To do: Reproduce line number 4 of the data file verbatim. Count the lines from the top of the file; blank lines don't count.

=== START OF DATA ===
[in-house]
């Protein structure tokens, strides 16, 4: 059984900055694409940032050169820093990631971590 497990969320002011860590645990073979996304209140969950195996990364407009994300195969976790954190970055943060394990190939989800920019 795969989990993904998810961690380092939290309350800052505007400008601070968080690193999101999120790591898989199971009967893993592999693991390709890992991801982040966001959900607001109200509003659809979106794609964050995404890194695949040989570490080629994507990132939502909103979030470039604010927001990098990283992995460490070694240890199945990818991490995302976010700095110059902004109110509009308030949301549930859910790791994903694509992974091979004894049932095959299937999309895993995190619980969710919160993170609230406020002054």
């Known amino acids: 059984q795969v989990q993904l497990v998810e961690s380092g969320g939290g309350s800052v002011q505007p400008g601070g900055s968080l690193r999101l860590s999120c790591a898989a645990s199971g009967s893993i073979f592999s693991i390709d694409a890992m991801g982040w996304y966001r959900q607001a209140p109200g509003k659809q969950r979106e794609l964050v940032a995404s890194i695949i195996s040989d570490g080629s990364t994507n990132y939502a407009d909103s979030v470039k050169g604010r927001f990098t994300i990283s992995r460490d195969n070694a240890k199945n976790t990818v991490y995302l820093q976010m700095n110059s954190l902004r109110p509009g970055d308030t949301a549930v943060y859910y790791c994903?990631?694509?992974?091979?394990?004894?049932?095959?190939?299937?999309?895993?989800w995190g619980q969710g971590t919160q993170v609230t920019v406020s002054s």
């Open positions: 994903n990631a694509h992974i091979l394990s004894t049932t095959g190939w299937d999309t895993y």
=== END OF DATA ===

């Open positions: 994903n990631a694509h992974i091979l394990s004894t049932t095959g190939w299937d999309t895993y």